Recently I watched a dear friend tell a group of us that she would be moving soon. I watched the scene unfold with mixed emotions. On the one hand, I was thrilled for my friend and her family as it is a great opportunity for them and a new adventure to be sure. On the other hand, I was sad for those of us left behind, for one friend in particular. You see, these two ladies are the best of friends, sisters is more like it. As I watched the tears flowing from the eyes all around, I felt their pain. I have been in both of their shoes before – the mover and the one left behind. It is an awful feeling of loss and emptiness. As I walked away I was hit with the reality that grief is grief. We experience grief in death but also in life, in so many different incarnations.
A week ago my son turned ten years old. A decade. He was so excited. He said “mom, I have finally hit my double digits”. As I watched his excitement, I fought back my own tears. I felt like someone had ripped my heart out of my chest leaving a very deep, dark hole. I have no idea if this sense of loss is normal or even deemed “acceptable”. What I do know is that my heart and soul feel so conflicted. I am so proud of this little man for the outstanding human being he is becoming. I am so proud of each and every obstacle he has overcome in his decade on this earth. I love him with my whole heart. When I became a mom, I did not know that it would hurt so bad to love this much. Doesn’t that sound crazy? I realize I should be jumping up and down with glee for what this boy has become and all that he will do, yet can’t I allow myself to grieve for how quickly the time has passed and for what is behind us while I look forward to what is to come?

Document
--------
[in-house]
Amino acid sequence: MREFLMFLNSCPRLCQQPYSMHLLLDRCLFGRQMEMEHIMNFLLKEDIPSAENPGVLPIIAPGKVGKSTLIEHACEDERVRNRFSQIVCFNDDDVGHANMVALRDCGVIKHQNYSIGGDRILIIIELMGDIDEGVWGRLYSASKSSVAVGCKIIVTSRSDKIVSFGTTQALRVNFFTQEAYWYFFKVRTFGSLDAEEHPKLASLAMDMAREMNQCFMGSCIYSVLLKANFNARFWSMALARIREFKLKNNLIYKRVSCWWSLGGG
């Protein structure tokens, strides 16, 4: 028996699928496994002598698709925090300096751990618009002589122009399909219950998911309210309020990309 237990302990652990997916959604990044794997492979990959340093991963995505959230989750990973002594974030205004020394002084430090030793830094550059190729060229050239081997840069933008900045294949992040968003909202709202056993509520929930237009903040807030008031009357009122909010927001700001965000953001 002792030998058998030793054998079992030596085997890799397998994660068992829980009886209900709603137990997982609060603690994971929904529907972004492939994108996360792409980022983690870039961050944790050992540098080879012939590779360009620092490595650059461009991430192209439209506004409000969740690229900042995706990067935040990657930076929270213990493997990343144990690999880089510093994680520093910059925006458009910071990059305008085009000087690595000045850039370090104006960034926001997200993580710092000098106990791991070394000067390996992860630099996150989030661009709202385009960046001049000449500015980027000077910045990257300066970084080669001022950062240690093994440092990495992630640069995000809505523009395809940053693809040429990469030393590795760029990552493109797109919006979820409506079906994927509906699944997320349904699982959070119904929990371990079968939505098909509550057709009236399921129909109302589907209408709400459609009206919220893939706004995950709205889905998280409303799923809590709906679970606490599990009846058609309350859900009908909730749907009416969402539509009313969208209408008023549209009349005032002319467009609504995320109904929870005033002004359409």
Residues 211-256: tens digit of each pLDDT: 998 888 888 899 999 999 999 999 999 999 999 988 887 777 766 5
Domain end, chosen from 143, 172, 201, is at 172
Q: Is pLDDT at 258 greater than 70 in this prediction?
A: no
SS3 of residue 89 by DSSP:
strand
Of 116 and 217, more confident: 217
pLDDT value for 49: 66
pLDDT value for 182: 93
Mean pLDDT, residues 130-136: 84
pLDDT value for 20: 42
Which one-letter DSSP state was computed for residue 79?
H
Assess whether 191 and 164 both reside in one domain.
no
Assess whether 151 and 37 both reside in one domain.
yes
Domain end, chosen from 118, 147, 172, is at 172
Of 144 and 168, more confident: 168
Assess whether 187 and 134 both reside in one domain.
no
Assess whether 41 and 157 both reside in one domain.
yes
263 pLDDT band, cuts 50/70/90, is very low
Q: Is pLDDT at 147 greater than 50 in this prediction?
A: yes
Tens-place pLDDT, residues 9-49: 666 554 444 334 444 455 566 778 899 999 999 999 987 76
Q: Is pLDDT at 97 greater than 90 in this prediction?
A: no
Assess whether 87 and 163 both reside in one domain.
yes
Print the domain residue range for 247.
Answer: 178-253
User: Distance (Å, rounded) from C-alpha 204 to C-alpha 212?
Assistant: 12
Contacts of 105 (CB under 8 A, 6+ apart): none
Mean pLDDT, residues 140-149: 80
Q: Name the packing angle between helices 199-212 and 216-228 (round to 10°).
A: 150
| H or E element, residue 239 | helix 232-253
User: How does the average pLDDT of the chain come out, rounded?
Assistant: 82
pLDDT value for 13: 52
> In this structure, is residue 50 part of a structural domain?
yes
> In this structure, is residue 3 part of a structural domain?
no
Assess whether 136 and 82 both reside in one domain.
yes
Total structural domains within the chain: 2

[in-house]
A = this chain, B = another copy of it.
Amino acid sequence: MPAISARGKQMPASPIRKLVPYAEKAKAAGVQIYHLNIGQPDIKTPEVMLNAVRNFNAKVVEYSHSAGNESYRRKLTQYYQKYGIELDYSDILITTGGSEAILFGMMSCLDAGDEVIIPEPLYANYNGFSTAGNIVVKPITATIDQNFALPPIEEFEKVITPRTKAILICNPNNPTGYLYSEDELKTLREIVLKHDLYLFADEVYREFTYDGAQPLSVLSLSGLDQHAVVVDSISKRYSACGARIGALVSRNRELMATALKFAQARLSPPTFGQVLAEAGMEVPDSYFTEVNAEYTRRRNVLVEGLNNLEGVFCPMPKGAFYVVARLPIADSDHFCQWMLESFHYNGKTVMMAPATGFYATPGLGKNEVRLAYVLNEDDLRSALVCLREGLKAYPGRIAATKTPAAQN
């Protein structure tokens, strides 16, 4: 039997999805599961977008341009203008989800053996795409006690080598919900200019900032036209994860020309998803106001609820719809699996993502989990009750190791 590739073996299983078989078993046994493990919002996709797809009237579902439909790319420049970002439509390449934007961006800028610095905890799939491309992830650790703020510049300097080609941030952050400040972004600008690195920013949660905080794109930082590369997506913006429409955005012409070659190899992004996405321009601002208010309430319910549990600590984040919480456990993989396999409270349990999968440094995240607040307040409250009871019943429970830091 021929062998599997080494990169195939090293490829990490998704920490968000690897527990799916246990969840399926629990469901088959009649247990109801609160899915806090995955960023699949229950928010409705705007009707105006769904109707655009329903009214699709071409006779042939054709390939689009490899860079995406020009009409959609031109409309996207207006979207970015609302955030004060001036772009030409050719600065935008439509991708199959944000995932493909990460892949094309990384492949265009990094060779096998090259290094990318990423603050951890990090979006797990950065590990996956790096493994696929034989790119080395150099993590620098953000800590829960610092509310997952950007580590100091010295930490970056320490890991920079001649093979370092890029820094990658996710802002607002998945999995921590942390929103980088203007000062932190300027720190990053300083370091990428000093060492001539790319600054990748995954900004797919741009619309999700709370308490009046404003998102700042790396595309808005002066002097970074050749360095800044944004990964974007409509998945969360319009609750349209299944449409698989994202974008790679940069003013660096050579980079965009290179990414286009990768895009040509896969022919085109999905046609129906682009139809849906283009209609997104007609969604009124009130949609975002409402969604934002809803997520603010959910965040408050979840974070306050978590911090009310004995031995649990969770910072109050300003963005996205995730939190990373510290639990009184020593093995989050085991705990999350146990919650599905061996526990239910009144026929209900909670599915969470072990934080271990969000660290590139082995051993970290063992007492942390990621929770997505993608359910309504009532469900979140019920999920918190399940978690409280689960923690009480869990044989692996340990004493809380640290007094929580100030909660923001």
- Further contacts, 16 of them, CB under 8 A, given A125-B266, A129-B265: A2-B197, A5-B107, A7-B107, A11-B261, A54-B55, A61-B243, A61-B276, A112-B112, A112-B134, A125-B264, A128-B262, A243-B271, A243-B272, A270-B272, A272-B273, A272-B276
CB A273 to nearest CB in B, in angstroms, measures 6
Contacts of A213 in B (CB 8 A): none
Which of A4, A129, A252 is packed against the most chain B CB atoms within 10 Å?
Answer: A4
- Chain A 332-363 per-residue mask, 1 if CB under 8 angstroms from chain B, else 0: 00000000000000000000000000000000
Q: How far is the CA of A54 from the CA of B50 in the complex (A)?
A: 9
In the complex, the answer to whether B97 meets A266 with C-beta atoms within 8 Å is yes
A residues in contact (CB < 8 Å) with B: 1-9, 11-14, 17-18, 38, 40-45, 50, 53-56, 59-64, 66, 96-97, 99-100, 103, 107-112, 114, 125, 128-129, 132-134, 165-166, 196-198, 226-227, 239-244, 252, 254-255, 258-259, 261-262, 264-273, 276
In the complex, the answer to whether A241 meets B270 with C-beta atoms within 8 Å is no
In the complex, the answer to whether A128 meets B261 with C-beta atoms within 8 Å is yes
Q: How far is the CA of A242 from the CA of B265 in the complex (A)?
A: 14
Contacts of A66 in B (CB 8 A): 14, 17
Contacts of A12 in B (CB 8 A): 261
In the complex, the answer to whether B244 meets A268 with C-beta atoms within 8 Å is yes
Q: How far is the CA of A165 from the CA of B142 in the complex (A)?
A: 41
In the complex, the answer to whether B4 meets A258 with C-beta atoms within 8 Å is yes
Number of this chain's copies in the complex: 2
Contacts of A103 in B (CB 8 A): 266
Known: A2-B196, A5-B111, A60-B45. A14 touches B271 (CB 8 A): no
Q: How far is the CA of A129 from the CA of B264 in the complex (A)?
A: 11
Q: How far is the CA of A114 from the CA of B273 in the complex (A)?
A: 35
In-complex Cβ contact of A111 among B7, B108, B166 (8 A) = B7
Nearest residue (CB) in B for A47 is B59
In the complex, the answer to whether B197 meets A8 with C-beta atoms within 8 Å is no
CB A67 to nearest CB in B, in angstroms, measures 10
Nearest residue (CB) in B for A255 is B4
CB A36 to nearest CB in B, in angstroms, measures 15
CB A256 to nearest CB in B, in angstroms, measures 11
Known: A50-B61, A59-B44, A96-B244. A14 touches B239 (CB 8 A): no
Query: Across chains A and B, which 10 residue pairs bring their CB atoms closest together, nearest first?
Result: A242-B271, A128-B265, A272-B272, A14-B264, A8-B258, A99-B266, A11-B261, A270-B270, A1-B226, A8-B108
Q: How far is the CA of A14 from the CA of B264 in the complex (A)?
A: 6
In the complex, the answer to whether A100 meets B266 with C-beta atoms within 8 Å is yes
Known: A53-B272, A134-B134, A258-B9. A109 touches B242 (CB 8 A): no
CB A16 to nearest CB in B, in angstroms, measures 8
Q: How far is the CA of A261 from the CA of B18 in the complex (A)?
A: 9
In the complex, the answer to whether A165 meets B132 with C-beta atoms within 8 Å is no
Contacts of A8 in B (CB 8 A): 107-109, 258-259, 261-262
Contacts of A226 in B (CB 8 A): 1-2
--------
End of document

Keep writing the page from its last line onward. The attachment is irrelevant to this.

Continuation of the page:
My answer is simply, YES! I give my friends and family permission to grieve. I not only give them permission to grieve death but to grieve all losses that happen in their lives. Why can’t I give myself that same latitude? Soon after I found out I was pregnant I had to have a life altering surgery. While growing my baby, I had to have surgery at which time it was diagnosed that I had ovarian cancer. The cancer and the ovary were removed. I was able to carry my baby almost to term and delivered a healthy boy. A Christmas Miracle to be sure! Two years later the cancer threatened my body again but this time I was, well, pissed, for lack of a better word! I fought back hard and with a vengeance and had a final life altering surgery that would prohibit me from having any more children. My boy would be an only child. I never allowed myself the grace to grieve for what was lost that day.
Each year on his birthday, I am taken back to the day my sweet boy was born as well as the struggle it took to get him here. I am filled with so much love and joy and relief for all that this little boy represents, yet I also grieve that each experience is not only a first but a last as well. On the upside, I never wish away time yet on the downside, I can never seem to slow the clock down either.
This year was a little different. This year, I learned grace. I allowed myself to grieve. I cried a lot and I cried hard. I didn’t try to hide it this year. My husband saw it and he understood my feelings of loss. I think he experiences it in his own way as well. The biggest difference this year was that I didn’t hide it from my boy either. The night before his actual birthday, he surpassed a monumental milestone in his taekwondo practice. As I watched this child, I cried without abandon right in front of the other parents, students and Masters. I felt no shame in my feelings of pride, joy or in my grief and the sense of loss that I felt as he took this huge step forward. When we got in the car to go to dinner I apologized to him and told him that I hoped I hadn’t embarrassed him. This precious child took my hand and said “mom, I wasn’t embarrassed. I kind of liked it”. And, just like that, the floodgates opened for him as well. We sat in the car both sobbing, unable to catch our breaths. I asked him why he was crying. He didn’t know. He just felt like he was releasing something. We both were. We were releasing the past. We were releasing what was lost and what would never be. We were grieving and it was good. It was good to let go.
Today I was visiting with my friends while we worked out together and I watched them tip toe around the discussions of the impending move. The one whispered to me that she just tries not to think about it, you know, by not thinking about it, it’s not real. I assured her that it’s ok to cry and to be sad and to feel the loss. It is ok to grieve and we must allow ourselves that gift to grieve. Make no mistake, it is a gift to grieve and to release. I also assured her that I would hold her hand through it just as my son held mine.
With Love and Grace,